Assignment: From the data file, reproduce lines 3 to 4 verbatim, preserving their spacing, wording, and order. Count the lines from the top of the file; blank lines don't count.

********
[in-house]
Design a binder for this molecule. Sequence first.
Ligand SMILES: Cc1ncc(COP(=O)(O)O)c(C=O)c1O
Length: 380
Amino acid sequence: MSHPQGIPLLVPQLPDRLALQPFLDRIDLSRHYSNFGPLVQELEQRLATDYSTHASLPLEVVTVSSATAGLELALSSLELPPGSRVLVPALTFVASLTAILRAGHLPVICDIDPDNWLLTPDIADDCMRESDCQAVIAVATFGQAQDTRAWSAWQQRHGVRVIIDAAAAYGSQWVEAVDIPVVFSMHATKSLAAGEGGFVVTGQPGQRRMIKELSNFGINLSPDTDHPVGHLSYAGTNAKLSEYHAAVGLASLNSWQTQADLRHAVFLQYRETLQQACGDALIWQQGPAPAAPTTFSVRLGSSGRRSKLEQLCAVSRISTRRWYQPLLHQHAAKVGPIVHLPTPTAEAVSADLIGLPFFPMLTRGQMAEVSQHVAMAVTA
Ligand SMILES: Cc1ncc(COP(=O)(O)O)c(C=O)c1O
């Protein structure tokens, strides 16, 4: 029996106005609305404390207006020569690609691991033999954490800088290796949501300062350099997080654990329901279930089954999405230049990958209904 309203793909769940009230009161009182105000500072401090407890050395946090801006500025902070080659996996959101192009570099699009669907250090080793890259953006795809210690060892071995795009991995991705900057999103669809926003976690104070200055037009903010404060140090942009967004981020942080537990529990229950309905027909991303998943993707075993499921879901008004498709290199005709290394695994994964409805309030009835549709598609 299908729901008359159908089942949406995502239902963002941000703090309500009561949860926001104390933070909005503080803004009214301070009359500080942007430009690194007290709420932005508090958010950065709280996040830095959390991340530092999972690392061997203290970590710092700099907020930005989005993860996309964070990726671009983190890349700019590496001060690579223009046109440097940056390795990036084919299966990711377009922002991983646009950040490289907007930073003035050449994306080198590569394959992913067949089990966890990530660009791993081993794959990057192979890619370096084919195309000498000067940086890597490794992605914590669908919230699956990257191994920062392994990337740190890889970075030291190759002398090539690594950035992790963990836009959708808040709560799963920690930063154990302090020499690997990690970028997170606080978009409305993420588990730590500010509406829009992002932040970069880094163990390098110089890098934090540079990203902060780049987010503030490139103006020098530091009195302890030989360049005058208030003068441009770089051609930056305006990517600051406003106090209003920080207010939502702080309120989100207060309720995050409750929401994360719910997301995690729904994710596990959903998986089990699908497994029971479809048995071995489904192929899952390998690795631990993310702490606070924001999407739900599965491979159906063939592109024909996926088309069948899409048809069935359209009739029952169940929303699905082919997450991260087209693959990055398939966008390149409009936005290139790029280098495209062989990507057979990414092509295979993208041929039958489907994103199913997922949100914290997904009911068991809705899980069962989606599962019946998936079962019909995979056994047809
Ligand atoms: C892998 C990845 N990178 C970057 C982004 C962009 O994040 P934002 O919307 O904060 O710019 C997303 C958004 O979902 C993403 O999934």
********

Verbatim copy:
Ligand SMILES: Cc1ncc(COP(=O)(O)O)c(C=O)c1O
Length: 380